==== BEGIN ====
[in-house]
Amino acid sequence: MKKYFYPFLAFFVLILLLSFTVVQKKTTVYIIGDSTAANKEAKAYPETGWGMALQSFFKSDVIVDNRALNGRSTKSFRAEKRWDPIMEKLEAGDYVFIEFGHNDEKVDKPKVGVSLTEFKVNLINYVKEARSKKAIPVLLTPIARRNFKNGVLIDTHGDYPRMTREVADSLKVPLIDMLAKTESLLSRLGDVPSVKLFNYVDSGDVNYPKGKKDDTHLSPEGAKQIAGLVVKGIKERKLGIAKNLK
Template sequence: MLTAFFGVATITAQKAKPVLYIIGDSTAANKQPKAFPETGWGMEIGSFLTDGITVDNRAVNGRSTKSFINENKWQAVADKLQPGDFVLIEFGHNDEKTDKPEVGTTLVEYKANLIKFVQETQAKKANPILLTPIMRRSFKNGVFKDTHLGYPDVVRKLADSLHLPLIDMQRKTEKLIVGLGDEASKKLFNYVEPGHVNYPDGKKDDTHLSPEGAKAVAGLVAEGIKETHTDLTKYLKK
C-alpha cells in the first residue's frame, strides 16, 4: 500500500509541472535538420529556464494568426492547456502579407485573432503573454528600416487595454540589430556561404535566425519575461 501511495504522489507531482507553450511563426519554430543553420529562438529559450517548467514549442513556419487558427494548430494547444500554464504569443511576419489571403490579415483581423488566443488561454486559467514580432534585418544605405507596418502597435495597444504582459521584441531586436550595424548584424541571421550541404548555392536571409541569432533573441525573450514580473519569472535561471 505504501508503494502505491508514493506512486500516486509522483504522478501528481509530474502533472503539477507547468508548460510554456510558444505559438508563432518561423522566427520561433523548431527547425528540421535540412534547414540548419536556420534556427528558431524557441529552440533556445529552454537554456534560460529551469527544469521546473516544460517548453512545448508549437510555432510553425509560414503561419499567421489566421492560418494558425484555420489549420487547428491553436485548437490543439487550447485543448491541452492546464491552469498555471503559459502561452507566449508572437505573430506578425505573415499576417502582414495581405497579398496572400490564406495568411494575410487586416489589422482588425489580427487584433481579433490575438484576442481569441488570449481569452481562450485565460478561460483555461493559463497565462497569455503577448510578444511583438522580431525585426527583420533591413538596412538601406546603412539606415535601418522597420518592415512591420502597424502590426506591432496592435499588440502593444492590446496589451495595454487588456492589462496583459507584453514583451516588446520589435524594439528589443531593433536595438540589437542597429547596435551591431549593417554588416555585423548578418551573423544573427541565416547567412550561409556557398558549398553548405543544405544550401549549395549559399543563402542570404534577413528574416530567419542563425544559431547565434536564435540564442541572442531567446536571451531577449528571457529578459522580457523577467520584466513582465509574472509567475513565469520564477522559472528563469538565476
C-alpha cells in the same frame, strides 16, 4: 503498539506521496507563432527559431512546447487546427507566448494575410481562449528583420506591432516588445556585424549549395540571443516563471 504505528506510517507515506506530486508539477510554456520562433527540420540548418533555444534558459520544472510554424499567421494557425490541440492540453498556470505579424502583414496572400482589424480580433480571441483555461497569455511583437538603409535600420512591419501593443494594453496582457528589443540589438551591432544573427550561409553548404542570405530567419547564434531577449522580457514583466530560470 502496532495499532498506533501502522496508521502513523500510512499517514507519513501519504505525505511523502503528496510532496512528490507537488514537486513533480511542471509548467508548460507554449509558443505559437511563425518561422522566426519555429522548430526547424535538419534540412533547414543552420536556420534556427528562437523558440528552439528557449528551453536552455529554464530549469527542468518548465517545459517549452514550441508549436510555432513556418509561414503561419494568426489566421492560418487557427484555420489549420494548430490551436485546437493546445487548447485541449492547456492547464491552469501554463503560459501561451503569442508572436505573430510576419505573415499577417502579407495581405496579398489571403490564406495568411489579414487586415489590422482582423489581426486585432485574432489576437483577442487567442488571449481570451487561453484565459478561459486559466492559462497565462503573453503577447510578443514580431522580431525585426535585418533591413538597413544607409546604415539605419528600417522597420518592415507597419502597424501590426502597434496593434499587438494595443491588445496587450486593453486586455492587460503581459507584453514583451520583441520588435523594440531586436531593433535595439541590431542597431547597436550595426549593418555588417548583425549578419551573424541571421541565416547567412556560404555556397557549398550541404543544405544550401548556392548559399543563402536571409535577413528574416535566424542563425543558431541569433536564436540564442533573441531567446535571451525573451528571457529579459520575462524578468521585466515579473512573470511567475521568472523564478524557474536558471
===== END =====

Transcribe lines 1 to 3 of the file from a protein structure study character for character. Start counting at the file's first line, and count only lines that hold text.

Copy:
[in-house]
Amino acid sequence: MKKYFYPFLAFFVLILLLSFTVVQKKTTVYIIGDSTAANKEAKAYPETGWGMALQSFFKSDVIVDNRALNGRSTKSFRAEKRWDPIMEKLEAGDYVFIEFGHNDEKVDKPKVGVSLTEFKVNLINYVKEARSKKAIPVLLTPIARRNFKNGVLIDTHGDYPRMTREVADSLKVPLIDMLAKTESLLSRLGDVPSVKLFNYVDSGDVNYPKGKKDDTHLSPEGAKQIAGLVVKGIKERKLGIAKNLK
Template sequence: MLTAFFGVATITAQKAKPVLYIIGDSTAANKQPKAFPETGWGMEIGSFLTDGITVDNRAVNGRSTKSFINENKWQAVADKLQPGDFVLIEFGHNDEKTDKPEVGTTLVEYKANLIKFVQETQAKKANPILLTPIMRRSFKNGVFKDTHLGYPDVVRKLADSLHLPLIDMQRKTEKLIVGLGDEASKKLFNYVEPGHVNYPDGKKDDTHLSPEGAKAVAGLVAEGIKETHTDLTKYLKK